In this April 29, 2012 photo released by the Theatre Development Fund, kids attend at an autism-friendly performance of the musical "Mary Poppins, in New York. (AP Photo/Theatre Development Fund, Anita & Steve Shevett)
NEW YORK (AP) -- The afternoon performance of "Mary Poppins" was marked by loud yips, shouts and moans - and that was just fine.
It was the second autism-friendly performance of a Broadway show, and for many families with a child who suffers from the disorder, it turned out to be a practically perfect day.
"It is an amazing opportunity to bring our families here and enjoy the show, not be stressed, and relax and know that everyone in the theater is in our situation," said Paige Bravin, sitting with her 11-year-old daughter, Alexa, in the second row of the New Amsterdam Theatre.
The Theatre Development Fund, a nonprofit organization focused on providing access to live theater, bought all 1,797 seats for Sunday's matinee and offered reduced price tickets to families with an autistic member. They sold out in two days.
It was the second experiment following the autism-friendly showing of "The Lion King" in October. The Theatre Development Fund plans a third such show at "The Lion King" on Sept. 30. Tickets for that go on sale this summer on the fund's site.
At Sunday's matinees, about 40 autism specialists - many of them master's students at Hunter College, special education experts or social workers - roamed the theater, providing comfort and help to families. They wore black Supercalifragilisticexpialidocious T-shirts and held flashlights.
"They love participating and being part of this day and to see the magic," said Dr. Jamie Bleiweiss, a professor of early childhood special education at Hunter College and co-founder of the consultant and support group Autism Friendly Spaces. "It's such a rewarding way to give back and to share. This experience is pretty powerful."
To prepare the children, character guides and song lists had been made available ahead of the show so there were few surprises. Calming corners and activity areas were created in the cavernous New Amsterdam Theatre, where overwhelmed children could sit in beanbag chairs and watch a live stream of the show.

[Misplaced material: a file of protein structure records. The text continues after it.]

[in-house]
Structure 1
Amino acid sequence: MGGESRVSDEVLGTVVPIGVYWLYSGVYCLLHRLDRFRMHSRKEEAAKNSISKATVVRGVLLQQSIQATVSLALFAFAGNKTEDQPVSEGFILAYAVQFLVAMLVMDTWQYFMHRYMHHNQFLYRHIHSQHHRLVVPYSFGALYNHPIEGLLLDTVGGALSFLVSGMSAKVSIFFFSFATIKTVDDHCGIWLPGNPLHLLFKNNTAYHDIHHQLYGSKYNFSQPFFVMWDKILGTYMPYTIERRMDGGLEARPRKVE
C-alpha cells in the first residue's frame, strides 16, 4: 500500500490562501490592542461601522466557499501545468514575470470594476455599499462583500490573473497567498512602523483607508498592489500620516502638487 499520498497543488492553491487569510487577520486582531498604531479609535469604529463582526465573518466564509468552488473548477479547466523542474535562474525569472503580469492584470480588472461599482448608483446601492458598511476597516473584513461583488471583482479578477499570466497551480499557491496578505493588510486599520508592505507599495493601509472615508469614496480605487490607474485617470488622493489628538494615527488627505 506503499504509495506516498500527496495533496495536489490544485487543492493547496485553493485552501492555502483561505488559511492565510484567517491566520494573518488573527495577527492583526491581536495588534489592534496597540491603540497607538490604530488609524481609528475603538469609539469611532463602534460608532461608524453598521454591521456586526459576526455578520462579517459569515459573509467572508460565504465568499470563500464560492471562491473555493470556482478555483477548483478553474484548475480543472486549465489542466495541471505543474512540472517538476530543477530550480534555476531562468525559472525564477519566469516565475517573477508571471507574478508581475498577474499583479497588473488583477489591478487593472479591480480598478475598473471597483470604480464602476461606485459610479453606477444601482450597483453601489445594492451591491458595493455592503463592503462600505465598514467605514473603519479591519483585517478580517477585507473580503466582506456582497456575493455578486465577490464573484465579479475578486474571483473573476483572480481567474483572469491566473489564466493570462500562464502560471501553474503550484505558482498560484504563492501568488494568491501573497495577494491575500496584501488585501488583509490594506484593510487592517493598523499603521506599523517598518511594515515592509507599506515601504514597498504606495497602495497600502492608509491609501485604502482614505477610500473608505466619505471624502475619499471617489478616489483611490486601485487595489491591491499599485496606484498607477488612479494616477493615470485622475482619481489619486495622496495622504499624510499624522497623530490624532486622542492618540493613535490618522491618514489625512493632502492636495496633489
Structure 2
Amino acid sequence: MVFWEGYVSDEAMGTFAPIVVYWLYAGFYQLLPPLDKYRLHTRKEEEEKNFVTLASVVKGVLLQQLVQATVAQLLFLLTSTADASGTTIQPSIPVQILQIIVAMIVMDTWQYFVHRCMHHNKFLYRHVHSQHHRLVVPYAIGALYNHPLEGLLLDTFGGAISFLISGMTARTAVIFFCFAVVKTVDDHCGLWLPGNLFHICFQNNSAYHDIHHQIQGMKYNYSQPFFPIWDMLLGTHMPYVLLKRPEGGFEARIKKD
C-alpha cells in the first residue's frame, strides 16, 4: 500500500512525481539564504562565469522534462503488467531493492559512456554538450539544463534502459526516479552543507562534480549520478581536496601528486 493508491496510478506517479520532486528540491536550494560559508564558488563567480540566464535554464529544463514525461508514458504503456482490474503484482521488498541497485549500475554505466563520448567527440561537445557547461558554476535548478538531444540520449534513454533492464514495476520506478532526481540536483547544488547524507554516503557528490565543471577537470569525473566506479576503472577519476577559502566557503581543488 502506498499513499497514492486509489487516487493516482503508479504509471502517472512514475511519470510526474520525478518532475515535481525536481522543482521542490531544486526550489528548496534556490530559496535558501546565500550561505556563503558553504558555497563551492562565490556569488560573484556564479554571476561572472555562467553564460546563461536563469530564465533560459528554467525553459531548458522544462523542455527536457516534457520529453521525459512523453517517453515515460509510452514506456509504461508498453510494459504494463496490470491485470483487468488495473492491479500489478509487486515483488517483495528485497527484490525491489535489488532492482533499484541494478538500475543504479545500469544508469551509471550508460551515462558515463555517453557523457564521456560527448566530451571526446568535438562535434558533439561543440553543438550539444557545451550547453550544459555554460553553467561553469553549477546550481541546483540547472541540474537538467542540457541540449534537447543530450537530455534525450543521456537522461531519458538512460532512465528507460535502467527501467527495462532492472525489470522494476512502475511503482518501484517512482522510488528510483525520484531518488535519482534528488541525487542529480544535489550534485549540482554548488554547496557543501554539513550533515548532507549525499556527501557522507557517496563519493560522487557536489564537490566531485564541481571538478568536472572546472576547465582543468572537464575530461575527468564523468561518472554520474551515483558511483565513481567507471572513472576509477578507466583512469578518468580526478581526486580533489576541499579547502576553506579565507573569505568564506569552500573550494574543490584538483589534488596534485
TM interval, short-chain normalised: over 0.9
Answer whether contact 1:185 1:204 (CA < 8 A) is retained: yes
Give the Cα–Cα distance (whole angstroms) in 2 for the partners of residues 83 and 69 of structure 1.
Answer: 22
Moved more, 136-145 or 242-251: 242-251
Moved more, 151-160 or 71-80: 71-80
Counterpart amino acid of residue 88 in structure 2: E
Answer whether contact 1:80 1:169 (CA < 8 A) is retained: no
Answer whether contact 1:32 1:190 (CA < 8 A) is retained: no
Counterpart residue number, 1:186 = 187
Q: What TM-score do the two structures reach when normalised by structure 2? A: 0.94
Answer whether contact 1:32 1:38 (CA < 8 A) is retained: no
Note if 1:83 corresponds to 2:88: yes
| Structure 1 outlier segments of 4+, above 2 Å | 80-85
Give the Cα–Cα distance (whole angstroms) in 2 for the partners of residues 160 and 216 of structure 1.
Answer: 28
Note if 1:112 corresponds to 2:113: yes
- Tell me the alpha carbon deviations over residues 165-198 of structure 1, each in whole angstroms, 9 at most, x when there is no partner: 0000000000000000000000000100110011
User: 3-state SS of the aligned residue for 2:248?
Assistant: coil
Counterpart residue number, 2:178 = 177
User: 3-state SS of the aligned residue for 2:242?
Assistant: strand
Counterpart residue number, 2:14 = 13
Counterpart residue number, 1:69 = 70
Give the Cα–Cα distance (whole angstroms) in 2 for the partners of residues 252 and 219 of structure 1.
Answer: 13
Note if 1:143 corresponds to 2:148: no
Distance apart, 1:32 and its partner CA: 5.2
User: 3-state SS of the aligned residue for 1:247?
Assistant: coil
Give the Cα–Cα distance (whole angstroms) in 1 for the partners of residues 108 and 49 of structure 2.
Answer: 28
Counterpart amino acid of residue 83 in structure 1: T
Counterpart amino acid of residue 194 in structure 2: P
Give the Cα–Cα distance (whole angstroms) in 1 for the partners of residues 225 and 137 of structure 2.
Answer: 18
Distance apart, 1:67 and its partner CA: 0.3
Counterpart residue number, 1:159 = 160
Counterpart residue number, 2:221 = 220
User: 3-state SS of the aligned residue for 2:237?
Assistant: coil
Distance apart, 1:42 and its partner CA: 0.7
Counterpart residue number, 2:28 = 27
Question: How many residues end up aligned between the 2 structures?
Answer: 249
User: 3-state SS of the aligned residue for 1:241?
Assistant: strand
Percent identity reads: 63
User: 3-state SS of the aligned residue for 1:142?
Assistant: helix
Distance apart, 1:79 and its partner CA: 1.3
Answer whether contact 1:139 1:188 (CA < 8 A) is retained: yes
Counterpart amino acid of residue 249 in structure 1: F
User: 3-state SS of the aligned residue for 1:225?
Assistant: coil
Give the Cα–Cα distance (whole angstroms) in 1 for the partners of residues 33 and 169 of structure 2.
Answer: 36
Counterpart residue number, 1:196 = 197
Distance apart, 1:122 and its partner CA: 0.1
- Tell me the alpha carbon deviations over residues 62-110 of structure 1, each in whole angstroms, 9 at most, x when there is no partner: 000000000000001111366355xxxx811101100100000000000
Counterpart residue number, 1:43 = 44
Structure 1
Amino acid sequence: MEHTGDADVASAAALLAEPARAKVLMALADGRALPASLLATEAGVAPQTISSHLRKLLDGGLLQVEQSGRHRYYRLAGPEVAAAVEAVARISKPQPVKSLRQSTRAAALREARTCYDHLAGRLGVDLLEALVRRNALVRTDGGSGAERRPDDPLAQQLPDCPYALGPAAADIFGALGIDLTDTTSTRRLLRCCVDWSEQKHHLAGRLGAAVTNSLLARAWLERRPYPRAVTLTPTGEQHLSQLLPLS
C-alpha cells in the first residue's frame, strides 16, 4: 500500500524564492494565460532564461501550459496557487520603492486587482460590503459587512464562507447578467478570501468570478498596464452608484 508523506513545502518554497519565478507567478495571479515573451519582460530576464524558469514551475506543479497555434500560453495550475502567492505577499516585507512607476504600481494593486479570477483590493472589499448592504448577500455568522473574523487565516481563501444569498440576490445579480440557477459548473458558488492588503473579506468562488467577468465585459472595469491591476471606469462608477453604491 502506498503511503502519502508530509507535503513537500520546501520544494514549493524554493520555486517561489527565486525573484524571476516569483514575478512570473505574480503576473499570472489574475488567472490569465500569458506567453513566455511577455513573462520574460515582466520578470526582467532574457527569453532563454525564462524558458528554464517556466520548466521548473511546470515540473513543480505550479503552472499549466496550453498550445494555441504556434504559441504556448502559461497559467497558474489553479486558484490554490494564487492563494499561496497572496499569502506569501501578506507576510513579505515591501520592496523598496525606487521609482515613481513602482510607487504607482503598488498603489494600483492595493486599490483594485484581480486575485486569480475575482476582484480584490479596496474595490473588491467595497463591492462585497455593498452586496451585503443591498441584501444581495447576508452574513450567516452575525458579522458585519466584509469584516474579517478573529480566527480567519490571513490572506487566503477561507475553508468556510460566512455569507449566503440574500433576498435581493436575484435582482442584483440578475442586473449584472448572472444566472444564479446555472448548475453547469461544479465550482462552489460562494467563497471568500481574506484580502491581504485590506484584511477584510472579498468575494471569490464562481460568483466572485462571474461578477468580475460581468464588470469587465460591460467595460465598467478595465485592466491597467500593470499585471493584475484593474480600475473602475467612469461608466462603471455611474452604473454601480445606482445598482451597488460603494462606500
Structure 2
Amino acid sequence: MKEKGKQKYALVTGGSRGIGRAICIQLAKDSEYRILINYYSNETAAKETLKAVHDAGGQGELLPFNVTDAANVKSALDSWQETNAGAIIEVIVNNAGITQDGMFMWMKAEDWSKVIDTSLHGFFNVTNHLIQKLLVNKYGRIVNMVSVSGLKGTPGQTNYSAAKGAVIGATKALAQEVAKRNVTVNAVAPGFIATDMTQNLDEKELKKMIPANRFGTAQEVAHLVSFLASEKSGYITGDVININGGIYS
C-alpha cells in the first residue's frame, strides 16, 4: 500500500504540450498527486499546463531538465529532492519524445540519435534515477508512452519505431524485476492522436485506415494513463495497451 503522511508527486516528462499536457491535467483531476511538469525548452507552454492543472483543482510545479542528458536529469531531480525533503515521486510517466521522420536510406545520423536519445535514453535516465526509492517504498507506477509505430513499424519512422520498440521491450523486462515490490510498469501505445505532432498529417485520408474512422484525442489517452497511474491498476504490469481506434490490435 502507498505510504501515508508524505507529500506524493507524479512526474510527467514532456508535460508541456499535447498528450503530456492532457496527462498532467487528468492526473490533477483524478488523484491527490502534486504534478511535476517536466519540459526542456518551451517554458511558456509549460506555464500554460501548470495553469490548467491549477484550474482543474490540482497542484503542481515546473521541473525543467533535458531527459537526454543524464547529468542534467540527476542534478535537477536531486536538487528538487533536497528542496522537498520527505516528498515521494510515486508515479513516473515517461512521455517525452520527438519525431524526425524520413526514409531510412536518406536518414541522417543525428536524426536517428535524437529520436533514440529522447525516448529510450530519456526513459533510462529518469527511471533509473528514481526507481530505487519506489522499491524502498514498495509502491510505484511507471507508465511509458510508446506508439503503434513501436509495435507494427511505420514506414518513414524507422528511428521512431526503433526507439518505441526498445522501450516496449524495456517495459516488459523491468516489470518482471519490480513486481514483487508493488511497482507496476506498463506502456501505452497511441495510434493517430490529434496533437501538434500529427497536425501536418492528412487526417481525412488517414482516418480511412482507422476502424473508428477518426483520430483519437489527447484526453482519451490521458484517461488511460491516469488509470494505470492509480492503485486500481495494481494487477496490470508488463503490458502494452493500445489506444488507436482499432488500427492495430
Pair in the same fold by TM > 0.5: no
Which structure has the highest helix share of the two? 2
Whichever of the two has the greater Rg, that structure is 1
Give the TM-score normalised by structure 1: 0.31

There were coloring books, puzzles, games and handy toys for fidgety patrons. Signalers on either side of the stage raised green glow sticks to warn theatergoers of upcoming loud noises or to signal that clapping was ahead.
"We're learning each time," said Victoria Bailey, TDF's executive director, who also credited Disney Theatrical Productions for allowing two of their shows to participate. "It's really clear that the demand is there."
To accommodate the special audience, a few changes were made to "Mary Poppins," including removing all strobe lights, lowering the tap sounds of "Step in Time," softening some transitions and lowering some pitches. The cast and musicians had rehearsed for several hours the day before to ensure that events at No. 17 Cherry Tree Lane were smooth.
"The power of the story remains," said David Caddick, the music supervisor. "We changed some elements to avoid a sensory overload but it doesn't in any way diminish it for the other family members."
Anthony Lyn, the show's associate director, said his team was happy to welcome a whole new audience. "I know everyone in the cast and in the building was incredibly delighted about doing today's performance," he said.
Autism disorders affect 1 in 88 U.S. children, according to U.S. government estimates. Children with the diagnosis are often sensitive to loud noises and harsh lights, and find it hard to sit still or remain quiet. Autism spectrum disorders include both severe and relatively mild symptoms.
The audience at the matinee illustrated the vast range of disabilities, from those with difficulty walking to those who just seemed shy. Many wore headphones to drown out loud sounds. Some grew tired sitting and preferred to wander the aisles or go to the unisex bathrooms. As the show progressed, some children who had been moaning or screeching became calmer. Some happily bopped along to the music.
"You don't have to worry. You're in the same position as everybody else is. You don't have to be embarrassed. It's OK that your kid is screaming, crying or carrying on," said Lisa Brodwin, whose 10-year-old daughter, Morgan, charmed the volunteers with her easy, outgoing nature.
"She loves music, she loves dancing and I wanted to take her and my other son, who's not autistic, as a family. So the four of us can do something together," said Brodwin, who is from Long Island. "I think this is so monumental. I think this is so beneficial."
The Theatre Development Fund, which also operates the TKTS booths, hopes to make such autism-friendly performances a regular event on Broadway and is happy to share what it's learned with other theater communities. It's already had several inquiries from across the nation.
"I think we're developing more awareness in the Broadway community and it's clear from surveys that we did after the first one that there's an appetite for `Spider-Man,' there's an appetite for `Wicked,' there's an appetite for Radio City," Bailey said. "Over time, I hope we would be able to do that."
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